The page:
Is This Progress?

Categories: Corporate Behavior, Environmental Rights and Justice, Green Consumerism, Green Energy, Morality and the Environment

One Tiny Step Forward…

If you’ve been following the Keystone XL Pipeline development, you probably heard two things that seem like positive environmental developments.  First, the corporation behind the development of the project, agreed to reroute the planned pipe such that it will no longer run through the Nebraska Sand Hills region.  Potentially good news for Nebraskan environmentalists, ranchers, conservationists, who raised concerns about the impact of subterranean oil on the Ogallala aquifer, described as “…a massive subterranean waterway that underlies 27% of the irrigated land in the U.S.”

Nebraskan Rancher in the Sand Hills

 

 

Second, the Obama administration and the State Department recently announced that the project would be sent back for review, citing the environmental and socioeconomic considerations raised by the specter of continued oil dependency and dirty extraction.

…And One Giant Leap Back

However, any optimism about these developments should be severely tempered.  While the guaranteed protection of the Ogallala aquifer is a good thing, the obvious question that emerges is, why were they threatened in the first place?  Moreover, a careful examination of the State Department’s announcement on the Pipeline clearly indicates that the delay 1) is primarily to find a less contentious route for the proposed oil; 2) times the final decision-making such that the policy will be determined after the election.  A more cynical person than I would suggest that Obama is primarily trying not to alienate his remaining progressive-environmentalist constituency, while intending to go ahead with it anyway.  But, if the next President is a Republican, well, the possibility of the Pipeline becomes a certainty.

An Eminently Reasonable Man

Take a look at the rhetoric surrounding the issue: obviously, you have industry groups like the American Petroleum Institute stating that the Pipeline will create “…thousands of jobs almost immediately,” something that has to be a concern for Obama given his poll figures as of late.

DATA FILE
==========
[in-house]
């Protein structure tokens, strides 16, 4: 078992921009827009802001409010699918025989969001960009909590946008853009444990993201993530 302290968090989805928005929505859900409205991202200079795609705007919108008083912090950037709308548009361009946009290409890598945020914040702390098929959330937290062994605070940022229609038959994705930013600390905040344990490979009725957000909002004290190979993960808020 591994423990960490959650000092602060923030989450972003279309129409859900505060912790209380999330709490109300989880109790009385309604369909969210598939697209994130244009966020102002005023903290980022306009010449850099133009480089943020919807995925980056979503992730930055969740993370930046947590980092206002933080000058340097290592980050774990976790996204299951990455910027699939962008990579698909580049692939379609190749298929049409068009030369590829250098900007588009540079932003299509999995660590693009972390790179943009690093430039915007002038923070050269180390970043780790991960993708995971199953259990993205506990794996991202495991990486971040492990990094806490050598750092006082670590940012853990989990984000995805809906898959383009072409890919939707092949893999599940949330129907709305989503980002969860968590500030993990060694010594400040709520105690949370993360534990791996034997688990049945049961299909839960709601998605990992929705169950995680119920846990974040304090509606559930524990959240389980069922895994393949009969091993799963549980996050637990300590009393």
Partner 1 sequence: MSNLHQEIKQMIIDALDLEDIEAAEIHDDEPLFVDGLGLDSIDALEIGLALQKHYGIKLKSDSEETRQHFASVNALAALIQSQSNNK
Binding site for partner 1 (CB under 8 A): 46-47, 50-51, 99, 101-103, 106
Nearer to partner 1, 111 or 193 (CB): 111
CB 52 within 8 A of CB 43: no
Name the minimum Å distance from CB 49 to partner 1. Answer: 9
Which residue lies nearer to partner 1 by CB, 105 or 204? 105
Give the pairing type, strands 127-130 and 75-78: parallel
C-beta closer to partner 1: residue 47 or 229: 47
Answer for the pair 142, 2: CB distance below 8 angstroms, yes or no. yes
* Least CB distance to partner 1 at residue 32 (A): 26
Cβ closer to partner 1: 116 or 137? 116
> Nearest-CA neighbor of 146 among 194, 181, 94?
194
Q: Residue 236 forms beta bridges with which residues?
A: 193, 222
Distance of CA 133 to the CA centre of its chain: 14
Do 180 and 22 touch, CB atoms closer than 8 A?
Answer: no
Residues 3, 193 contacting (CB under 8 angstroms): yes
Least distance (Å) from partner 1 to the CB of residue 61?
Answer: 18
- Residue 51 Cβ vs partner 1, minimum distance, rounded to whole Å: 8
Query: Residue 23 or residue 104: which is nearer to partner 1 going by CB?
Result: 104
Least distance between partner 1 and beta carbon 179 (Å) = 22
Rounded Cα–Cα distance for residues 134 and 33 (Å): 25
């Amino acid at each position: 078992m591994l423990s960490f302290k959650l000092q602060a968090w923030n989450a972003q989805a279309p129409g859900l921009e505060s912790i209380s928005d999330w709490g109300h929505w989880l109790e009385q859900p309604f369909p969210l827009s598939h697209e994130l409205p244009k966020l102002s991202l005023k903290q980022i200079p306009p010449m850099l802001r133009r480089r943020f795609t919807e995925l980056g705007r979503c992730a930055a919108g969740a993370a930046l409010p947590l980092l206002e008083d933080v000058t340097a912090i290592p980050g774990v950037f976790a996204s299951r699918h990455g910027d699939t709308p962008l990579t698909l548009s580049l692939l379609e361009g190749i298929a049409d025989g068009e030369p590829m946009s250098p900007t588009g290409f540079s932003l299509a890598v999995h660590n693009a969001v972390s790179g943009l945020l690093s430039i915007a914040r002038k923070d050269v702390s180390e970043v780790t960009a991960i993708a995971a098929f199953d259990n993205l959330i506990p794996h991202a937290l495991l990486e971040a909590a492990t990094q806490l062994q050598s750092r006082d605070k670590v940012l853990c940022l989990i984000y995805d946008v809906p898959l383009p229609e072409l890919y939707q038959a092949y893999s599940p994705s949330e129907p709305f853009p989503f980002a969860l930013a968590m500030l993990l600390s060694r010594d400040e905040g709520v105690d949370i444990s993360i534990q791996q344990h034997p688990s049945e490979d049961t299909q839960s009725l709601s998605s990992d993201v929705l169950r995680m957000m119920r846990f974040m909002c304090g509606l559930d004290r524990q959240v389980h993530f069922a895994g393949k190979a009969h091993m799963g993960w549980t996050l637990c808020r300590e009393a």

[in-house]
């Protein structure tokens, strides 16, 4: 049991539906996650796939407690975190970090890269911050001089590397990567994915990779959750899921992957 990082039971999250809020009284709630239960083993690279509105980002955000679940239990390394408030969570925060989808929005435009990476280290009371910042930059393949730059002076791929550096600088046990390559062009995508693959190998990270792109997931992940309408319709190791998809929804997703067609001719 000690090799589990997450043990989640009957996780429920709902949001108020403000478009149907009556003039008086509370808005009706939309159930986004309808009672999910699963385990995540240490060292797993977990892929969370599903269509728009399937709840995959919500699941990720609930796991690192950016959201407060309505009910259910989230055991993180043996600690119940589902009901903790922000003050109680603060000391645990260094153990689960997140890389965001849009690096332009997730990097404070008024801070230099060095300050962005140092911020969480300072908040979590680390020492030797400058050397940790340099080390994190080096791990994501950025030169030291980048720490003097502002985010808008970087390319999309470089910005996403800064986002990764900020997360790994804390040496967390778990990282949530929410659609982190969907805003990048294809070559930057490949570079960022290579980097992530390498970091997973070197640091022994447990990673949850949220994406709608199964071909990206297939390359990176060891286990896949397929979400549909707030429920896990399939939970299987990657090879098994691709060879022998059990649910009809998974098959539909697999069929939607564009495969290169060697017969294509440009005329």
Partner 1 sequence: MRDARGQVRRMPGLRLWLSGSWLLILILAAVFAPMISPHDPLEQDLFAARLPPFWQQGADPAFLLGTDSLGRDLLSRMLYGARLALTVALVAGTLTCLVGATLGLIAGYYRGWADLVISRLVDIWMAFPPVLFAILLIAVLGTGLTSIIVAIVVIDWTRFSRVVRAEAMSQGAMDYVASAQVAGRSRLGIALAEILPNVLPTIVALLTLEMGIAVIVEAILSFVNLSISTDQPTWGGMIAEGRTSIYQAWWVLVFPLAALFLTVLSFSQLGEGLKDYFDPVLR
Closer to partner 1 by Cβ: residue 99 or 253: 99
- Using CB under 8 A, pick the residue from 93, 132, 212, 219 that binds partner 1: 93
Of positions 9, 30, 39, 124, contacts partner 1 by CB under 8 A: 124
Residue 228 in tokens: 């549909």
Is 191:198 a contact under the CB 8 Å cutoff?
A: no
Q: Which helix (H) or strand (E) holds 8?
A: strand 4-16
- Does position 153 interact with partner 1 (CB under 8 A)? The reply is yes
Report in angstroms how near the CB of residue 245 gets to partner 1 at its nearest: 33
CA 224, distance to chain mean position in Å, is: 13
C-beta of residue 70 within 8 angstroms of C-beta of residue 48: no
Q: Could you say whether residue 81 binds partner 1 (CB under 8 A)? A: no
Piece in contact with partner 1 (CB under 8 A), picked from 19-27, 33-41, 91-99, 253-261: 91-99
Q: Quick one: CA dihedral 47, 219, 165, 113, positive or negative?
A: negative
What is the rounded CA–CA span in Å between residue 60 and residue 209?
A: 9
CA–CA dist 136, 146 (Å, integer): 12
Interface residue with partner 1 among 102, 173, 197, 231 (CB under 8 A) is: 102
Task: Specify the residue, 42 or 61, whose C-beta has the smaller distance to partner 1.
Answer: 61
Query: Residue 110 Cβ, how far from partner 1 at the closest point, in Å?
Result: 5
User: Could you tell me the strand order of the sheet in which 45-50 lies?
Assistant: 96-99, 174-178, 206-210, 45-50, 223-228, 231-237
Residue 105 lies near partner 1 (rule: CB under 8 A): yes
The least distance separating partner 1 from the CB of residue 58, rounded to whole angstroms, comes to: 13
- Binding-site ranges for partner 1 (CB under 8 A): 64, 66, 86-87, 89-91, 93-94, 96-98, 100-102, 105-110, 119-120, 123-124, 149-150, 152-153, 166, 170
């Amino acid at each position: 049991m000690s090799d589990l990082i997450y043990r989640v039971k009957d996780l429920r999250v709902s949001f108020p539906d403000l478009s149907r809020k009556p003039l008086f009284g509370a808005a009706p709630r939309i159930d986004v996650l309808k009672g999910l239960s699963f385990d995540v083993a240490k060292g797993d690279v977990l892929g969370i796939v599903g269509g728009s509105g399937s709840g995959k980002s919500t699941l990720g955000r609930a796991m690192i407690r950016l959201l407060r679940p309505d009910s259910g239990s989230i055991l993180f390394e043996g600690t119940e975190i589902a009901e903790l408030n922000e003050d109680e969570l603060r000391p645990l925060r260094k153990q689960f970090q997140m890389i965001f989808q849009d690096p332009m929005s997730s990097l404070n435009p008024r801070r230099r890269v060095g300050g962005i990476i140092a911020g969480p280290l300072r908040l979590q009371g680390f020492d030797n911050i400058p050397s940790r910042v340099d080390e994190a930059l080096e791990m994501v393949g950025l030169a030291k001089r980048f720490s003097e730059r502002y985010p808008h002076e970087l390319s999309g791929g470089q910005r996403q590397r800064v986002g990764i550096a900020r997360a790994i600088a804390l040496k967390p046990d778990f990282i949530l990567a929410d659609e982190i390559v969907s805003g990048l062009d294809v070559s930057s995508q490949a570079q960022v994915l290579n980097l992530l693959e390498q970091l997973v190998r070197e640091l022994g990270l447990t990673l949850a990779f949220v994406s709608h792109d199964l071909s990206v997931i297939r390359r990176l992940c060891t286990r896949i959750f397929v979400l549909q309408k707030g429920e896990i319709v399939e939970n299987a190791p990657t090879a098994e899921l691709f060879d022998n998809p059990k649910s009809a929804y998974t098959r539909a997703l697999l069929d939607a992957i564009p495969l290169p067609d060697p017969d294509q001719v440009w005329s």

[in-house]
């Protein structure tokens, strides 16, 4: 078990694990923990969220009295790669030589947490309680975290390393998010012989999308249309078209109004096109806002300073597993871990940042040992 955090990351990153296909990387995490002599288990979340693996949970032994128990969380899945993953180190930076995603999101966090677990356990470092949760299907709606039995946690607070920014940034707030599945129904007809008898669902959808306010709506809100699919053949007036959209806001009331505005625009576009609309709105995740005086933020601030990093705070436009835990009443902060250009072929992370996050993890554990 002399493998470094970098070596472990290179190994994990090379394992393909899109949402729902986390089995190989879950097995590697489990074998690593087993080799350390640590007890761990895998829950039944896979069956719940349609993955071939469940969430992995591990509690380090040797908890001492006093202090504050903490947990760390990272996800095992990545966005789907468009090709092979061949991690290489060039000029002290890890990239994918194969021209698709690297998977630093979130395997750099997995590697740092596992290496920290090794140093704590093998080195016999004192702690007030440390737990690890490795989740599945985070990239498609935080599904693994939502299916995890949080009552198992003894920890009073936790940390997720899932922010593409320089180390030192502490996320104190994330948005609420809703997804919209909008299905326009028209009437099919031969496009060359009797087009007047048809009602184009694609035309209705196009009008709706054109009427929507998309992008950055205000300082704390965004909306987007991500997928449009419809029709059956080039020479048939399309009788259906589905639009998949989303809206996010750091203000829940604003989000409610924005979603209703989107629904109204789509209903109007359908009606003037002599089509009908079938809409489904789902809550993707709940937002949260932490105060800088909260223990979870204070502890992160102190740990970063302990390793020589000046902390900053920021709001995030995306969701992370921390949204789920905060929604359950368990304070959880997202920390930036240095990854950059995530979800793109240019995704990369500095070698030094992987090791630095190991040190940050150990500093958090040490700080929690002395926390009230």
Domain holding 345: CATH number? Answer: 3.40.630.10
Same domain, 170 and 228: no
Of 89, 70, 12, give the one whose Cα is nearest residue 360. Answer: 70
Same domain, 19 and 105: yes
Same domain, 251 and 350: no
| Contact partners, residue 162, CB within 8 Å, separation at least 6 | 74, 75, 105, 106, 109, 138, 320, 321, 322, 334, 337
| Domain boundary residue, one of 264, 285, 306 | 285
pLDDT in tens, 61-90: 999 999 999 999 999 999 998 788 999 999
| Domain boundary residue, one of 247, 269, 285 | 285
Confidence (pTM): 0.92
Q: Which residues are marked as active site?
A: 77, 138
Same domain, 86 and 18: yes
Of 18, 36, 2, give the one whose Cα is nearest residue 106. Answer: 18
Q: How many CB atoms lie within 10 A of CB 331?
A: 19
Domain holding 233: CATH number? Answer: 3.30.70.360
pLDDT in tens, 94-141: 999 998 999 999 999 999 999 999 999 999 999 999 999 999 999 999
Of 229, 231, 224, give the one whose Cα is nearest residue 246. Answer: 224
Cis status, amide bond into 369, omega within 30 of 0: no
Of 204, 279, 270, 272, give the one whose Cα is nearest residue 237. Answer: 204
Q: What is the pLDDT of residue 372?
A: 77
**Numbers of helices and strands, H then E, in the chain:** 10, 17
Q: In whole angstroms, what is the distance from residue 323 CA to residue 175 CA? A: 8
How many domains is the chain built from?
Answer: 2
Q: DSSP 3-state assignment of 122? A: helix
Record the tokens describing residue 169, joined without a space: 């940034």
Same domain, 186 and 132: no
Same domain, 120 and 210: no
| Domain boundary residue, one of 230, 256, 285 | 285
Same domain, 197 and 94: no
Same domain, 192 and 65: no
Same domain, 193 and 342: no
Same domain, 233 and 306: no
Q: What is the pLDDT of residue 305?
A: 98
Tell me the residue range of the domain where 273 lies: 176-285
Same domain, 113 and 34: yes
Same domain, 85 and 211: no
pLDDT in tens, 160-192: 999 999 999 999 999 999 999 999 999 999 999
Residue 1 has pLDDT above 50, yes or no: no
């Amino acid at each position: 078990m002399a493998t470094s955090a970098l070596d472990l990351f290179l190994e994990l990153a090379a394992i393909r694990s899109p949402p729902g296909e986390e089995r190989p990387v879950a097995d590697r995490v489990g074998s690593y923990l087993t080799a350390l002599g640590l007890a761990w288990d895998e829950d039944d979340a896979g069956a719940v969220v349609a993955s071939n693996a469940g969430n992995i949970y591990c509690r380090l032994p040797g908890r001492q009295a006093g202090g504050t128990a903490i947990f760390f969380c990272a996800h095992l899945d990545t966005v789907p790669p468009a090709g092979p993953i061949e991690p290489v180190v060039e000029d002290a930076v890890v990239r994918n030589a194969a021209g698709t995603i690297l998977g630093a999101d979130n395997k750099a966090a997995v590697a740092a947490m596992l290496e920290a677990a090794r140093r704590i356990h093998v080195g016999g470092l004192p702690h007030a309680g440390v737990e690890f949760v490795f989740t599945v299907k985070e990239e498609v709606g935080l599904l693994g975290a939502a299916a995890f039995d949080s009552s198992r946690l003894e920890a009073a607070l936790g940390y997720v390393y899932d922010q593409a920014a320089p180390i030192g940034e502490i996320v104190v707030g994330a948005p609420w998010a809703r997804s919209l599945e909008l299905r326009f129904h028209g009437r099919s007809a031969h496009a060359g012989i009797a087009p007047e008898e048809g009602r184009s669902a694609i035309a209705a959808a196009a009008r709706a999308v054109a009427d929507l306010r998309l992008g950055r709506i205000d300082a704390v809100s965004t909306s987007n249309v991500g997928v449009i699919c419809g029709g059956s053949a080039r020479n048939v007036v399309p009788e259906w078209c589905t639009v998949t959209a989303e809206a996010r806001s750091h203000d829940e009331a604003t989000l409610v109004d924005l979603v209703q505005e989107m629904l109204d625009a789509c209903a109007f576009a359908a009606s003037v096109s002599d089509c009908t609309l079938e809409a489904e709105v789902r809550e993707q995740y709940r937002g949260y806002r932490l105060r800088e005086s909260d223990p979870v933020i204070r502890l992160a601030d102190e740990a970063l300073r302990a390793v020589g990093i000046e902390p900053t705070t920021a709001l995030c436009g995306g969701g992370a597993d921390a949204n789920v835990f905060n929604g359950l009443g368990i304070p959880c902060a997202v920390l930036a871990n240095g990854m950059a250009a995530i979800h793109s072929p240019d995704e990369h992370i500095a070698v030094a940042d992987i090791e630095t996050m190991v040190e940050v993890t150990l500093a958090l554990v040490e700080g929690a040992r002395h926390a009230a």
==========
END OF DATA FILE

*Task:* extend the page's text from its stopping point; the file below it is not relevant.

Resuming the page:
More colorfully, Rick Perry has pointed out that our dependence on foreign oil, much of it produced by nationalized companies in countries such as Saudia Arabia, places American troops and security at risk.  We strengthen hostile regimes, because we fill up our SUVs with their product.  (Ironically, this is an argument made by environmentalists for reducing oil consumption – inimical to the Keystone XL).

Something Else to Keep in Mind

In any case, despite the superficial progress, there are a plethora of well-reasoned objections, on clearly stated environmental grounds, to the project as a whole – not just the proposed expansion through the Sand Hills.  In the Colbert Report, Middlebury’s own Bill McKibben critiques the whole idea of the project.

Adding Insult to Injury: the First Nations and Injustice

One final point: while McKibben’s argument is sound, it seems as if there was not enough time on the Report to get into one of the more troubling aspects (to me) of the whole production of the Keystone.  Even if we were guaranteed that the transit of oil were safe in the US, oil extraction is severely problematic for the people who live near the tar sands: indigenous and First Nations peoples.

As can be seen in this report by the NRDC (TarSandsInvasion-full [PDF]), the extraction of oil from tar sands is immensely hazardous to the local ecosystems upon which indigenous people depend.  Air pollution, and the seepage of toxins into groundwater, aquifers, and local ecosystems have led to high rates of cancer, asthma, acid rain, and the accumulation of toxins such as cyanide and ammonia.  Not surprisingly, and as is the case in the US, indigenous people in Canada are at the lower end of the socioeconomic totem pole.  It is important to keep in mind, when we think about environmental problems, that some populations are more vulnerable than others.  Thinking about the Keystone XL (and other environmental issues) should raise questions, not just about consumption, local ecosystems, and wellbeing – but also about demographics and social identity.  Who benefits?  Who loses?  Do certain populations lose more?  In so doing, we should oppose environmentally harmful projects, not just on the basis of ecological concerns, but also on the basis of human rights, justice, and socioeconomic equity.

About Kemi Fuentes-George

I am a professor in environmental studies and political science at Middlebury College.